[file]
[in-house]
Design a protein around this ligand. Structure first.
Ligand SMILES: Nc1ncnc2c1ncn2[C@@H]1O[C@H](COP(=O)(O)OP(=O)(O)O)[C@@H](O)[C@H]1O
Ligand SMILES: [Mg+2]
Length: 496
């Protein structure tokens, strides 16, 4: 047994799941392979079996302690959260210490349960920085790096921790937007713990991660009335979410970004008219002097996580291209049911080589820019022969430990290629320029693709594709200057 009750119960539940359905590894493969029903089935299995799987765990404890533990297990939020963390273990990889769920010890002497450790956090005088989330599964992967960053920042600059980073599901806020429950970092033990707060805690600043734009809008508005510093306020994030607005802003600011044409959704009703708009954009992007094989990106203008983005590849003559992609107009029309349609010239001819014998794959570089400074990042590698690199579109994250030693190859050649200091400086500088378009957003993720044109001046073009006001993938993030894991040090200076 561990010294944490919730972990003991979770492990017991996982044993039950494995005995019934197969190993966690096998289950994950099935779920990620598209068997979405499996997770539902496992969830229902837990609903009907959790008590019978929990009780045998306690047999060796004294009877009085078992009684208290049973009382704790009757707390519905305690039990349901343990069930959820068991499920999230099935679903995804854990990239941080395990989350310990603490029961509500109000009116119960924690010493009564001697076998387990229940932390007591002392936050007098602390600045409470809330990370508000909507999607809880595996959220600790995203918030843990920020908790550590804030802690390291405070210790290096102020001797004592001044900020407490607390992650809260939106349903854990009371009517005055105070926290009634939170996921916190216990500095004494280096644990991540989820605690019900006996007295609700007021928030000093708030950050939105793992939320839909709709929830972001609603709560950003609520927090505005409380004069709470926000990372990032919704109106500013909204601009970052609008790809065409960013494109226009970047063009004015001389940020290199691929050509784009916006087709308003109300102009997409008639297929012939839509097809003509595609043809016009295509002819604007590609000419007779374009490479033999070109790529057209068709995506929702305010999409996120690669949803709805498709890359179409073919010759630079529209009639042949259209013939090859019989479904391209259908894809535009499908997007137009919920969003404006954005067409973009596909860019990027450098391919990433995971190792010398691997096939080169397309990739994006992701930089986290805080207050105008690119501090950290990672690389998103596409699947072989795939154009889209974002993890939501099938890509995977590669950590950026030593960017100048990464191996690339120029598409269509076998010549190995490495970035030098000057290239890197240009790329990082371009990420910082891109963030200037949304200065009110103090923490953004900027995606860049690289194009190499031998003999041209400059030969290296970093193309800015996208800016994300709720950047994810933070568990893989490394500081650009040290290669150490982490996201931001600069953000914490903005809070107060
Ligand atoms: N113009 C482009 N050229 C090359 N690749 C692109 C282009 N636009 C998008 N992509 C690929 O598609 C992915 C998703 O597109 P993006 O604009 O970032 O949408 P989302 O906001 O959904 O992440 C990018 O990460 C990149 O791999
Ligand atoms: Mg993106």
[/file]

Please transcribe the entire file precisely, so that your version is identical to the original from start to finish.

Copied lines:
[in-house]
Design a protein around this ligand. Structure first.
Ligand SMILES: Nc1ncnc2c1ncn2[C@@H]1O[C@H](COP(=O)(O)OP(=O)(O)O)[C@@H](O)[C@H]1O
Ligand SMILES: [Mg+2]
Length: 496
């Protein structure tokens, strides 16, 4: 047994799941392979079996302690959260210490349960920085790096921790937007713990991660009335979410970004008219002097996580291209049911080589820019022969430990290629320029693709594709200057 009750119960539940359905590894493969029903089935299995799987765990404890533990297990939020963390273990990889769920010890002497450790956090005088989330599964992967960053920042600059980073599901806020429950970092033990707060805690600043734009809008508005510093306020994030607005802003600011044409959704009703708009954009992007094989990106203008983005590849003559992609107009029309349609010239001819014998794959570089400074990042590698690199579109994250030693190859050649200091400086500088378009957003993720044109001046073009006001993938993030894991040090200076 561990010294944490919730972990003991979770492990017991996982044993039950494995005995019934197969190993966690096998289950994950099935779920990620598209068997979405499996997770539902496992969830229902837990609903009907959790008590019978929990009780045998306690047999060796004294009877009085078992009684208290049973009382704790009757707390519905305690039990349901343990069930959820068991499920999230099935679903995804854990990239941080395990989350310990603490029961509500109000009116119960924690010493009564001697076998387990229940932390007591002392936050007098602390600045409470809330990370508000909507999607809880595996959220600790995203918030843990920020908790550590804030802690390291405070210790290096102020001797004592001044900020407490607390992650809260939106349903854990009371009517005055105070926290009634939170996921916190216990500095004494280096644990991540989820605690019900006996007295609700007021928030000093708030950050939105793992939320839909709709929830972001609603709560950003609520927090505005409380004069709470926000990372990032919704109106500013909204601009970052609008790809065409960013494109226009970047063009004015001389940020290199691929050509784009916006087709308003109300102009997409008639297929012939839509097809003509595609043809016009295509002819604007590609000419007779374009490479033999070109790529057209068709995506929702305010999409996120690669949803709805498709890359179409073919010759630079529209009639042949259209013939090859019989479904391209259908894809535009499908997007137009919920969003404006954005067409973009596909860019990027450098391919990433995971190792010398691997096939080169397309990739994006992701930089986290805080207050105008690119501090950290990672690389998103596409699947072989795939154009889209974002993890939501099938890509995977590669950590950026030593960017100048990464191996690339120029598409269509076998010549190995490495970035030098000057290239890197240009790329990082371009990420910082891109963030200037949304200065009110103090923490953004900027995606860049690289194009190499031998003999041209400059030969290296970093193309800015996208800016994300709720950047994810933070568990893989490394500081650009040290290669150490982490996201931001600069953000914490903005809070107060
Ligand atoms: N113009 C482009 N050229 C090359 N690749 C692109 C282009 N636009 C998008 N992509 C690929 O598609 C992915 C998703 O597109 P993006 O604009 O970032 O949408 P989302 O906001 O959904 O992440 C990018 O990460 C990149 O791999
Ligand atoms: Mg993106």